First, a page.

Special Counsel David Van Pelt authored the California Lawyer article “On the ‘Knife’s Edge’: Appellate Guidance on Summary Judgment in Harassment Cases” discussing the impact of the recent Ahmed v. Astoria Bank ruling on workplace discrimination.
In the decision, an appellate judge ruled that the case fell on the “knife’s edge” of whether the alleged harassment was sufficient to defeat summary judgement. The court concluded that the evidence did create a triable issue of fact, and reversed a district court’s ruling in favor of the defendant.
“The court’s reasoning provides a useful reminder regarding the importance of carefully-tailored, and exhaustive, deposition questioning in these cases,” David wrote. “The plaintiff had testified at deposition that one of her supervisors used ‘hand gestures’ in connection with ‘anything she [had] to discuss’ with the plaintiff, but apparently was not questioned regarding the frequency of the gestures or the supervisor’s manner of speaking.”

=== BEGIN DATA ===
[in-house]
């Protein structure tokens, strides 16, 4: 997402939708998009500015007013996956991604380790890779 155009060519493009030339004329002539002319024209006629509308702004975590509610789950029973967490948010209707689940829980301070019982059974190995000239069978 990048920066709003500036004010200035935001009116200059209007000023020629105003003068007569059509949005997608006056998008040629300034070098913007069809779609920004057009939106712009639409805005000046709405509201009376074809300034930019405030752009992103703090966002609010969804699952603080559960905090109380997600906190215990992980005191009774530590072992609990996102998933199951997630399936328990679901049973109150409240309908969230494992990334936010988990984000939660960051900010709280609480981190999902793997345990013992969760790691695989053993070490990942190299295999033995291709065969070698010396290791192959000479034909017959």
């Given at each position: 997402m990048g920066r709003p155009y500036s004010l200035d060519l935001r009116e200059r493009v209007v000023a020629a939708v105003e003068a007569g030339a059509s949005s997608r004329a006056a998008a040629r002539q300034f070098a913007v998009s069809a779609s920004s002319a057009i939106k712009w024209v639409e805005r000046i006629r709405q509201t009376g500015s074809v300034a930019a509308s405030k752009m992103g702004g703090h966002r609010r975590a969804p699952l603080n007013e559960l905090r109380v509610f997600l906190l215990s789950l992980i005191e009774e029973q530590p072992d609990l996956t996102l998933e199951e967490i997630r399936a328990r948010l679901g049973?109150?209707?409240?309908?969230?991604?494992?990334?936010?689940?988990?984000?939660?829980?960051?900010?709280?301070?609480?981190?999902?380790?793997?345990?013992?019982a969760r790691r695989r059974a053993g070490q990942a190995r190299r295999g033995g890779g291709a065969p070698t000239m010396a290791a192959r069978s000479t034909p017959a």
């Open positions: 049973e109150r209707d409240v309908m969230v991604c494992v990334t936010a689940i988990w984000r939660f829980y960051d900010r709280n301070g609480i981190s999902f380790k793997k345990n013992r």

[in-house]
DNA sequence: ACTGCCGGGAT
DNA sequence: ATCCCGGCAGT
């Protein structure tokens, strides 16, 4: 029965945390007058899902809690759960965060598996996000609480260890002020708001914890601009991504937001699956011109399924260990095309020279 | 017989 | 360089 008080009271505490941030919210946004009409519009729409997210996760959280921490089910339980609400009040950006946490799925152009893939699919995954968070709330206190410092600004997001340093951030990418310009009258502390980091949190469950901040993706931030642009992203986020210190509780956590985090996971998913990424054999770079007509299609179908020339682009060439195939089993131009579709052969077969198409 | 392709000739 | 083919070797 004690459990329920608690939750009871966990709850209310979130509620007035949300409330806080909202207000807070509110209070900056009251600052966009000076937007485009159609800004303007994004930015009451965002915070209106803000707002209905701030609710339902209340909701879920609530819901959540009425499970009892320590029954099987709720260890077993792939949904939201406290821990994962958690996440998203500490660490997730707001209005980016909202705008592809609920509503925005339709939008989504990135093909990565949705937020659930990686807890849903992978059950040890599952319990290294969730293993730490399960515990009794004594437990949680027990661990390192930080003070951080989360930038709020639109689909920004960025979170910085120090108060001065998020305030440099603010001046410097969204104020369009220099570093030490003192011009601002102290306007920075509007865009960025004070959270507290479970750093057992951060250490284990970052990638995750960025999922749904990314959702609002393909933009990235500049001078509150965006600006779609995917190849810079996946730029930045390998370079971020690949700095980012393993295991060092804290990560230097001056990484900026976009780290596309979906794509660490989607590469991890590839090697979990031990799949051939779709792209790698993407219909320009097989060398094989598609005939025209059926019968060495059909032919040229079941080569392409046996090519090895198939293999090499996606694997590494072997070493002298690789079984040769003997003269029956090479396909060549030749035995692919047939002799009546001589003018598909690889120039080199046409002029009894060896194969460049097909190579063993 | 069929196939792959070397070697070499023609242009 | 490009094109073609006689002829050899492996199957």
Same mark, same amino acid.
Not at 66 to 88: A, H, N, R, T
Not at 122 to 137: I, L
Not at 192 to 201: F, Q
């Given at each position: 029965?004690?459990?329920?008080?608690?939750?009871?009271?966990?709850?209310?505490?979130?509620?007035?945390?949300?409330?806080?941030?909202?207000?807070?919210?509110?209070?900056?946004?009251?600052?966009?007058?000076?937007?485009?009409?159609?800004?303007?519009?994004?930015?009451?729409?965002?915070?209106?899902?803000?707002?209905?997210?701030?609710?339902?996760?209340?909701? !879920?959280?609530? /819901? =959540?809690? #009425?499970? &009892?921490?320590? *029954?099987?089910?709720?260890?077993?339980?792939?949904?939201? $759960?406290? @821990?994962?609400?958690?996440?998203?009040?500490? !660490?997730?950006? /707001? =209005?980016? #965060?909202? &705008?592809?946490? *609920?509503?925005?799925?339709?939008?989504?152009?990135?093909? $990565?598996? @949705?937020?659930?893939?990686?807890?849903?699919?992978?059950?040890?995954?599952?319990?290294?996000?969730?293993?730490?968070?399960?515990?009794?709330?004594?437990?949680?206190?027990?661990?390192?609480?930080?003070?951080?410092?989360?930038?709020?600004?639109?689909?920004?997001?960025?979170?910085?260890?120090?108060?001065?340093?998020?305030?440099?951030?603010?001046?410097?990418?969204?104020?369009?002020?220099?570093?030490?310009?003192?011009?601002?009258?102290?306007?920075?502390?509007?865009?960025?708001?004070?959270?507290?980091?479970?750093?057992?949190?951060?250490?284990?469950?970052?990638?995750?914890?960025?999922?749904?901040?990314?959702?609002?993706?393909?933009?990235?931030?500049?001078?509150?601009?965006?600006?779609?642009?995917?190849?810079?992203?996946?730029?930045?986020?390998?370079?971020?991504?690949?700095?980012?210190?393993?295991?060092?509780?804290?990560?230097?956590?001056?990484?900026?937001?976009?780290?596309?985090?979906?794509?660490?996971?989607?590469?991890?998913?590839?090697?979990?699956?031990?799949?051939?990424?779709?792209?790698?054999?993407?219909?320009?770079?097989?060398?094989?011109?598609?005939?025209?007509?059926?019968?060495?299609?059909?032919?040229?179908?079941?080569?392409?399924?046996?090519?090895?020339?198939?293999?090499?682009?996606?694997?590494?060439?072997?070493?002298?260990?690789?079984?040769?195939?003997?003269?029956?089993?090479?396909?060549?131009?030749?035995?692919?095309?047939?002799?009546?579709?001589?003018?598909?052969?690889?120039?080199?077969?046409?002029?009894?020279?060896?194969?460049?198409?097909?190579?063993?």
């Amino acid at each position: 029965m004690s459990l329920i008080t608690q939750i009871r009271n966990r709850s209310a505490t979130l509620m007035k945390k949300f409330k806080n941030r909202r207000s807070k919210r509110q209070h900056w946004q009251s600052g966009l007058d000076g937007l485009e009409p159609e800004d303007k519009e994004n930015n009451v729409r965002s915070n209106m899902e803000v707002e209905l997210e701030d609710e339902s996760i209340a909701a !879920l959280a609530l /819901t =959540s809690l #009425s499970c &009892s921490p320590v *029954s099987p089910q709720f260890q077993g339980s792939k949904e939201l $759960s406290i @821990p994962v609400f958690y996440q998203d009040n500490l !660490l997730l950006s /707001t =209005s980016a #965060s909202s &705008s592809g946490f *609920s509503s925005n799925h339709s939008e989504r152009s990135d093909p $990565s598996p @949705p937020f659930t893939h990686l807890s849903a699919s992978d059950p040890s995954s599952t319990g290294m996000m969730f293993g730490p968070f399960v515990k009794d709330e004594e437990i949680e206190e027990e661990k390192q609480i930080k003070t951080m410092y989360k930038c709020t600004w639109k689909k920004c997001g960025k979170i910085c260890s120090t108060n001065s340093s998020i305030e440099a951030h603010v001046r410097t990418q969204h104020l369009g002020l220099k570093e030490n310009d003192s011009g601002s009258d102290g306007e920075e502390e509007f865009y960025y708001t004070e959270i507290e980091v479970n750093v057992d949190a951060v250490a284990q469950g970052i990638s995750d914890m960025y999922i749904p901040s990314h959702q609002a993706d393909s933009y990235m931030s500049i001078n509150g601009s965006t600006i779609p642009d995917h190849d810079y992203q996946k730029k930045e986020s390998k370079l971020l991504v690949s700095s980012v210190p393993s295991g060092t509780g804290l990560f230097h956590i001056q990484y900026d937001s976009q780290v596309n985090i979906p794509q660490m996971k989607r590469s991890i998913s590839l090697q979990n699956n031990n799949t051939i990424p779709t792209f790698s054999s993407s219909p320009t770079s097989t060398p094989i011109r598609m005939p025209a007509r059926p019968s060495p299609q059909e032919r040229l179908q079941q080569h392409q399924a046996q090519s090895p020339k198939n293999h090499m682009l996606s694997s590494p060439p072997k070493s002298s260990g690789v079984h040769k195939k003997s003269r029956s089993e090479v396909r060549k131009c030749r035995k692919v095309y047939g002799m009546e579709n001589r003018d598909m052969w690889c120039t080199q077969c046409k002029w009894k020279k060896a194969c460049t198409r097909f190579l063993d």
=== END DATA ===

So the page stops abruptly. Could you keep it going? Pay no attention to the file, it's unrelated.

Noting that a party’s declaration can be used to supplement an issue that was not “thoroughly or clearly explored” during a deposition, the Second Circuit ruled that the plaintiff’s assertion in her affidavit that the supervisor “continually used hand gestures to communicate” with her, and spoke “very slowly” while doing so, was consistent with her deposition testimony.